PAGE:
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Nicola Sturgeon was asked by ITV’s Robert Peston whether the Eat Out To Help Out scheme was a bad idea. The Scottish First Minister said while the scheme was there to incentivise people, one of the main reasons COVID has spread is due to people coming together. But social media users were quick to hit out at the SNP leader and said there were other factors that caused the spike. It came after the Scottish First Minister admitted “maybe it would have been better if it hadn’t happened” – when referring to the scheme.
Speaking to ITV’s Peston, Ms Sturgeon said: “I think with hindsight we can say all sorts of things, maybe it would have been better if it hadn’t happened.
“I know that that scheme was about trying to incentivise people to help the economy, and we can’t be blind to the economic impact here, but we do know and I think it’s really important that if there are two key drivers in recent weeks.
“Obviously we’ve got university clusters just now but in recent weeks we’ve got two key drivers, and it’s about the people coming together have been in people’s houses, which is why in Scotland we’re asking people.
“Not to visit other people’s houses right now and that’s really difficult, but also in hospitality settings, where people are coming together and mingling.”
Taking to Twitter, one furious viewer wrote: “Whatever Nicola you’re killing the future of our youth and the data doesn’t support it.”
Another added: “Where is her science to support her claims?”
A third person said: “********! It saved loads of jobs and the rate of infection was low. Winter flu season has started hence the increased cases.”
A fourth noted: “Ask her to produce the track and trace data from the scheme to justify her words. She will say she will but then won’t.”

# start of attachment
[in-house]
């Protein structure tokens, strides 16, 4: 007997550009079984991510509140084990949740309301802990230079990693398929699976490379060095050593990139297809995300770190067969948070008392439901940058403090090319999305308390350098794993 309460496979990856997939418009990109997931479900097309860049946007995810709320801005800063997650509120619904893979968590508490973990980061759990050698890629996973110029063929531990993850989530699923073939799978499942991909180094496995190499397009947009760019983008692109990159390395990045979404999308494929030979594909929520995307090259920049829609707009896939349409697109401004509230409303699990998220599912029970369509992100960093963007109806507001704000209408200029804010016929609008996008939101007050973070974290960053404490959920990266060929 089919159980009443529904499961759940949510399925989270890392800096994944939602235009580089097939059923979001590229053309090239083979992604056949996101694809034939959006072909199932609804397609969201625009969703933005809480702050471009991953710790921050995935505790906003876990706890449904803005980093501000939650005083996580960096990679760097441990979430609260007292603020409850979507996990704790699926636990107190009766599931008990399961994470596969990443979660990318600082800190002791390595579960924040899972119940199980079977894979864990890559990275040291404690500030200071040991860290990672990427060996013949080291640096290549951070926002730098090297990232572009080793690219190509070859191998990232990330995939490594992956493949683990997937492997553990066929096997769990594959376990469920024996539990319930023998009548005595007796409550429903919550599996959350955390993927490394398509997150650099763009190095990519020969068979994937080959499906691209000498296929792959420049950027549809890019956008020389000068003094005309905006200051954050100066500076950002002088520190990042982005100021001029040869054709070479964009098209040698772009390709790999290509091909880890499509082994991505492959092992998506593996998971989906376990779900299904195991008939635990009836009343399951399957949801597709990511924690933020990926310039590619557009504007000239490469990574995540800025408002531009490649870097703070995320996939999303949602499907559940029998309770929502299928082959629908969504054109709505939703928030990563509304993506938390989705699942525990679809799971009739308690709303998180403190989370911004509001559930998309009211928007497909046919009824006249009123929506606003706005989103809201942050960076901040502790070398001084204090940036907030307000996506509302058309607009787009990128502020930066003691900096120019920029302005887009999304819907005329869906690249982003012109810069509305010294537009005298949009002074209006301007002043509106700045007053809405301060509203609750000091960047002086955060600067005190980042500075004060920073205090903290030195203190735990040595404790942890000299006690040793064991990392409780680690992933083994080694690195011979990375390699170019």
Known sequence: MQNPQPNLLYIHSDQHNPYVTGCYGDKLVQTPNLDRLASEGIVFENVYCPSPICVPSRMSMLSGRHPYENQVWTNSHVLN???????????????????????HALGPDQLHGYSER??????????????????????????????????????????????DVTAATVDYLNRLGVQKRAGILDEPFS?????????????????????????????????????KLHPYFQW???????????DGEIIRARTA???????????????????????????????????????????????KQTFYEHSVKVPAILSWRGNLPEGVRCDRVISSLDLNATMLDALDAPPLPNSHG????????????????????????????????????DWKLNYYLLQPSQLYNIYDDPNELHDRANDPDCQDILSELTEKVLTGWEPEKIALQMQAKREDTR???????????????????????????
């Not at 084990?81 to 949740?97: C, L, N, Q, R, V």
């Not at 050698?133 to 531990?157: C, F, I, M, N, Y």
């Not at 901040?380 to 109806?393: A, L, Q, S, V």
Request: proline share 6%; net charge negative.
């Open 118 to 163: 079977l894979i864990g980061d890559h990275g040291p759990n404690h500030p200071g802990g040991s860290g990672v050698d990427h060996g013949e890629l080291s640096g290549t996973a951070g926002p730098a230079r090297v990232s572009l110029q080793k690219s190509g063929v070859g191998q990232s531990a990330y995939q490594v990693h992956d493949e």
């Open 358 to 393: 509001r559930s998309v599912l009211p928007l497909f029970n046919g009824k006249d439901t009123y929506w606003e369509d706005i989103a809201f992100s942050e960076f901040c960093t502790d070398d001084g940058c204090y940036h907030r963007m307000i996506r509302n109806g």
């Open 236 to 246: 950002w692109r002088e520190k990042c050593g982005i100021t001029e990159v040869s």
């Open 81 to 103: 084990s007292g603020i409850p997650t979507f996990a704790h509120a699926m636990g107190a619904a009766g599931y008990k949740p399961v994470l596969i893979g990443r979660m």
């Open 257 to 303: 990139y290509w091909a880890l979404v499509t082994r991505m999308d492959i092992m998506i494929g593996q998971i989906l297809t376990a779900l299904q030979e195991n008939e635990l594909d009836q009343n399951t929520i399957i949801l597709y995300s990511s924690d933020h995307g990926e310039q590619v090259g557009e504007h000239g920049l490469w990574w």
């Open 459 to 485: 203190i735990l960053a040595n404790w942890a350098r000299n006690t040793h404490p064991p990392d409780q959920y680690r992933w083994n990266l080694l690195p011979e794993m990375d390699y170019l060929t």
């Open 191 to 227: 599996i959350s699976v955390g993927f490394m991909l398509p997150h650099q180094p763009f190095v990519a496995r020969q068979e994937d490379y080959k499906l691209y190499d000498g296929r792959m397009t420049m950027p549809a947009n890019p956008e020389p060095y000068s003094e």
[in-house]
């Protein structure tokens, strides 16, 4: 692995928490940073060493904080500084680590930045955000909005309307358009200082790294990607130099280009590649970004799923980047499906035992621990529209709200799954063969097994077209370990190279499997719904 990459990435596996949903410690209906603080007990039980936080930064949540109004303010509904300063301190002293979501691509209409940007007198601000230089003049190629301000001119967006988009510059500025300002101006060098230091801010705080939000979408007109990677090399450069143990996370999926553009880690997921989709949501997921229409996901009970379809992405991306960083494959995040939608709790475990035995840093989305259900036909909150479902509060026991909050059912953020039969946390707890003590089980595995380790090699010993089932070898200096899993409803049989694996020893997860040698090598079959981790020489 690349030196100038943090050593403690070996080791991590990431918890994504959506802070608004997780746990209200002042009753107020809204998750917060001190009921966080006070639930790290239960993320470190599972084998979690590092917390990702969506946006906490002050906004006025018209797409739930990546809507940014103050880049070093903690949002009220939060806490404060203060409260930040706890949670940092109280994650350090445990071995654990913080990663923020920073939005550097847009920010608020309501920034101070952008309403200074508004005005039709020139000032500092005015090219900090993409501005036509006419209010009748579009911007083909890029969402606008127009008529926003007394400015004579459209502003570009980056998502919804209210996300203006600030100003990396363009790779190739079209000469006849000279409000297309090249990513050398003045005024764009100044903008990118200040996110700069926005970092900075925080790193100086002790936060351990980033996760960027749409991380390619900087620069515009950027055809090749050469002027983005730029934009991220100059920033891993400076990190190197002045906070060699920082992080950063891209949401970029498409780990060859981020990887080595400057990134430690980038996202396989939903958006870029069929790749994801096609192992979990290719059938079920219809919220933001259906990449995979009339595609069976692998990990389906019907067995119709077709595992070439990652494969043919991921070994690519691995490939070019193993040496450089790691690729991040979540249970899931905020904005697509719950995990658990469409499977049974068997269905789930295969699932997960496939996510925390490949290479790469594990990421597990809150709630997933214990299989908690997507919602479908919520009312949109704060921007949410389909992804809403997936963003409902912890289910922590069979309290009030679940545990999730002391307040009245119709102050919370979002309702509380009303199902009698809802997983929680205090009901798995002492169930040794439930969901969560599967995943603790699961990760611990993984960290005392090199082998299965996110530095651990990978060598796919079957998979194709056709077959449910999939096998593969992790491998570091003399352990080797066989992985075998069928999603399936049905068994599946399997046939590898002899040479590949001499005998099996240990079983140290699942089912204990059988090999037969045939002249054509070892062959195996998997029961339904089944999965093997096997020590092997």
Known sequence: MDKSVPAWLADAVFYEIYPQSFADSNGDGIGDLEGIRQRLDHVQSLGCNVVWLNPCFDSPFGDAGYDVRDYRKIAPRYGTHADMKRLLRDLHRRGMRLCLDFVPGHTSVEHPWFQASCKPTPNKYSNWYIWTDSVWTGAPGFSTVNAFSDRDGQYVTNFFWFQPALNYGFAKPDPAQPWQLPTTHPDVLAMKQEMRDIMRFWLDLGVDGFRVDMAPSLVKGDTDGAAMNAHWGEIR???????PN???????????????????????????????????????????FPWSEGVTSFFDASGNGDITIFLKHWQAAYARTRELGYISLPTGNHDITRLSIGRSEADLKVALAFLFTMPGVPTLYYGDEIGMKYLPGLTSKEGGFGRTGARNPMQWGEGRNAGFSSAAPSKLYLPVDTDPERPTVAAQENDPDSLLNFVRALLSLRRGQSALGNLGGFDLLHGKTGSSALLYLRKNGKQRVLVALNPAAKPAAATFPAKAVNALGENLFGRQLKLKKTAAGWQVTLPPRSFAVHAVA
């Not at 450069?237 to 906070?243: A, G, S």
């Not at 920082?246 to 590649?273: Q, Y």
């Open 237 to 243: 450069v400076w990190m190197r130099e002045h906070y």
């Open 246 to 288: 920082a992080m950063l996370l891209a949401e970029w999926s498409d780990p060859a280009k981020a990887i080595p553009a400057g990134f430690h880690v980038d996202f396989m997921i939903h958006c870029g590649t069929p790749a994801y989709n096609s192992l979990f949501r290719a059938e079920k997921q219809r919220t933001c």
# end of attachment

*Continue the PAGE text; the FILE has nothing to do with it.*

It comes as Ms Sturgeon warned coronavirus transmission among older groups is rising in Scotland.
She revealed around a third of the 806 new cases in the past 24 hours were among the over-40s.
The majority remain among the under-25s amid outbreaks at university accommodation.
Ms Sturgeon told the Scottish Government’s coronavirus briefing: “The majority, the quite significant majority, are in the under-40 age groups, with the bulk of those in the under-25 age group.”
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She warned this must not give rise to complacency as young people can become seriously unwell from the virus and while the risk of dying is lower for these ages, it is not “non-existent”.
The First Minister said: “While we are seeing a significant number of cases in younger age groups, which is a phenomenon that we’ve seen across Europe in this latest surge of COVID, it is the case that transmission amongst older ages groups is also rising and let’s not pretend that that is not the case.
“Around a third of today’s cases are actually in the over-40 age group and there are a number in the over-60 age group, so transmission is rising across the spectrum of age ranges.”
She said to guard against transmission people with symptoms must self-isolate immediately and book a test.
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